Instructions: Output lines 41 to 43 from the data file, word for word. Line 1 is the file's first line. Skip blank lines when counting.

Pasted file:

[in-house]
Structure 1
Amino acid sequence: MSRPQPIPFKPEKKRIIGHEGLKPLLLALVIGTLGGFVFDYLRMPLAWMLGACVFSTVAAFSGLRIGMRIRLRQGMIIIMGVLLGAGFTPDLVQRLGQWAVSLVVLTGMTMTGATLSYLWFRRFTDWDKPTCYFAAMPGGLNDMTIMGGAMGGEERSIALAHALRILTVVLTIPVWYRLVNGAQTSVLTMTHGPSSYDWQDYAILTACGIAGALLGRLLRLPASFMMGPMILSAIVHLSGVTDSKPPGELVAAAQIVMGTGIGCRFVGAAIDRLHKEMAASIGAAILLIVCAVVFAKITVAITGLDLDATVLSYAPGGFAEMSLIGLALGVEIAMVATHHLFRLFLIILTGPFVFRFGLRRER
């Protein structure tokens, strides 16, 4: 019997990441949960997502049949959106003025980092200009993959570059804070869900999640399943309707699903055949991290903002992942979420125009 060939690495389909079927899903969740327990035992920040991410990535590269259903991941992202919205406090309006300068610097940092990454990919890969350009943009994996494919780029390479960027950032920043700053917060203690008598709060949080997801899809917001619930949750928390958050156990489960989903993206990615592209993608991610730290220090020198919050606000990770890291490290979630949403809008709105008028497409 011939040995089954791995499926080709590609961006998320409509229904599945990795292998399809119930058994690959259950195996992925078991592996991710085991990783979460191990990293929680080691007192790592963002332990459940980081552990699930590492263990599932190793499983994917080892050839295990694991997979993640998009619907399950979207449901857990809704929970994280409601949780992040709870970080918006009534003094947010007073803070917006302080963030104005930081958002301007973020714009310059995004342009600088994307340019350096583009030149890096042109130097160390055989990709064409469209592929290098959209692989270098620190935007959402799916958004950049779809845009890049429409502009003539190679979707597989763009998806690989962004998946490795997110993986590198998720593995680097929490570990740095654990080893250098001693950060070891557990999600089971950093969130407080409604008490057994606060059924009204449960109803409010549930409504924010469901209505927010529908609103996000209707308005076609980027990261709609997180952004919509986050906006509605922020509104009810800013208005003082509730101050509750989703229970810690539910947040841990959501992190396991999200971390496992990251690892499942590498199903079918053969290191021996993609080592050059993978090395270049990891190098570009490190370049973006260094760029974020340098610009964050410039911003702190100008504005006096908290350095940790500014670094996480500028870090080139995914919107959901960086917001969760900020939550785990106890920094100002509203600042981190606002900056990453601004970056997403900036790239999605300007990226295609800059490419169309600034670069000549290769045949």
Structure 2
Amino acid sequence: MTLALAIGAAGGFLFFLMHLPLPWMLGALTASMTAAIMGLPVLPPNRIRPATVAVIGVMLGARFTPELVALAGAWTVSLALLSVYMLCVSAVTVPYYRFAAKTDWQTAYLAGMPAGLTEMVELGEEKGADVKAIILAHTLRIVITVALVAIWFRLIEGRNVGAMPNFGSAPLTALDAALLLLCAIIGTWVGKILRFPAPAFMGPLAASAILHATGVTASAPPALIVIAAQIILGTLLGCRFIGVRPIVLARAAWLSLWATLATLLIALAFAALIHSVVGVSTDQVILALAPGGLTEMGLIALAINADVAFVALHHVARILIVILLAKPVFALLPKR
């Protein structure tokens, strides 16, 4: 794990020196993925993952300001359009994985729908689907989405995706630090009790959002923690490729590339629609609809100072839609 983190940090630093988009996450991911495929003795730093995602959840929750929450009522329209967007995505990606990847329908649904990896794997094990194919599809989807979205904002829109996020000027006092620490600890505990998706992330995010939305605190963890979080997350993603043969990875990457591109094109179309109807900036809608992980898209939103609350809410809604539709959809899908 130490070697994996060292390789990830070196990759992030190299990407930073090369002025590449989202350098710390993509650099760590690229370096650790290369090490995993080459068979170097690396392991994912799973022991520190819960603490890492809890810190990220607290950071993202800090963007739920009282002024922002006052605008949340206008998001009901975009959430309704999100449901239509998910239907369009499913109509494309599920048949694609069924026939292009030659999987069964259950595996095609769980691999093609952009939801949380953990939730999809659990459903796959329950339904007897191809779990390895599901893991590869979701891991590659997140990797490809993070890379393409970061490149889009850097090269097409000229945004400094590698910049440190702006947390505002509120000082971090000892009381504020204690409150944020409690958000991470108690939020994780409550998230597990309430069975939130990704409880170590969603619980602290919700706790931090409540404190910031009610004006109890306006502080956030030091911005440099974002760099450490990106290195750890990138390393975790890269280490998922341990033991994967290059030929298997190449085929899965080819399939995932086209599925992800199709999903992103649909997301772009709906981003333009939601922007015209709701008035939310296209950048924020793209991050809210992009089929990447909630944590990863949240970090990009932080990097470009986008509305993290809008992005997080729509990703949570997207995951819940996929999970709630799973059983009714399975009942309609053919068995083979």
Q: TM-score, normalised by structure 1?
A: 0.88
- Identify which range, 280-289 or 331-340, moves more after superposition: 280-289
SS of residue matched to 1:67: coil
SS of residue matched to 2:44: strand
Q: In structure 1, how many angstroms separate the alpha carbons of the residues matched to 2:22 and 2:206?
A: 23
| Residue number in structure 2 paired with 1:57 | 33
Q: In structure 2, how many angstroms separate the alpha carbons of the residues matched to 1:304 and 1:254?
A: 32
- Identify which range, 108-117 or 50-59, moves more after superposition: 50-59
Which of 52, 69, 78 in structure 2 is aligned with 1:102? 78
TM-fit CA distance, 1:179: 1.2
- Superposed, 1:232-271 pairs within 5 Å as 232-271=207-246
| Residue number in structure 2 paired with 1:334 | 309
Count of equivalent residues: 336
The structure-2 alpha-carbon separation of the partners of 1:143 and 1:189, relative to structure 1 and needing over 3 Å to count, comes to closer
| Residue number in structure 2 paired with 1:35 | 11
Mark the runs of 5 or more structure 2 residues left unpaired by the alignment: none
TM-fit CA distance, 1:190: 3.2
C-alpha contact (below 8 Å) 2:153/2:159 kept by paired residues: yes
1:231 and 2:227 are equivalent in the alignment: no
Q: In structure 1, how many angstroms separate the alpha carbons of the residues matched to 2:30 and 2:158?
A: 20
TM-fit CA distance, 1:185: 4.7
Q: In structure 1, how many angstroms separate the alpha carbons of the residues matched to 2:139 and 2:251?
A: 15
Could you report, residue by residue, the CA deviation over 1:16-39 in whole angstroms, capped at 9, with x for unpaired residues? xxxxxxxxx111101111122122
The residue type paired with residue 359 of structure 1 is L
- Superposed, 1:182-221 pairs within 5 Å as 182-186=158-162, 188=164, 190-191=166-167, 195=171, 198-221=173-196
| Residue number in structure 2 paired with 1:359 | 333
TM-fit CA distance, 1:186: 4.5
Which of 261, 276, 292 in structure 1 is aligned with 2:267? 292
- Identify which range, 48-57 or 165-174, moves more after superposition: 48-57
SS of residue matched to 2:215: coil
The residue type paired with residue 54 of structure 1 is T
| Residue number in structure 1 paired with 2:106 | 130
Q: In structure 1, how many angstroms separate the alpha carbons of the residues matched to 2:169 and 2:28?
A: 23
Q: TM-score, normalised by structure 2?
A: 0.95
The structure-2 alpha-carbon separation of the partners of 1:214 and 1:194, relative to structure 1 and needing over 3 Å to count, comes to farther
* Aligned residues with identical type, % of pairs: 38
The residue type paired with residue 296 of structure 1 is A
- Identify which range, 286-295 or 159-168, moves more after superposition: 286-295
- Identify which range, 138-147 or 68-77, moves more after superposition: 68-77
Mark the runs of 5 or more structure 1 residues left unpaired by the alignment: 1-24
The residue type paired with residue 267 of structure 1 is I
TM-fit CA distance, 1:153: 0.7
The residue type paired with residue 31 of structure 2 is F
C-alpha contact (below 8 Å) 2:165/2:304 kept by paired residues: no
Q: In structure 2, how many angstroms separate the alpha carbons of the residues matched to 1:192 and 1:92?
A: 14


- Identify which range, 48-57 or 165-174, moves more after superposition: 48-57
SS of residue matched to 2:215: coil
The residue type paired with residue 54 of structure 1 is T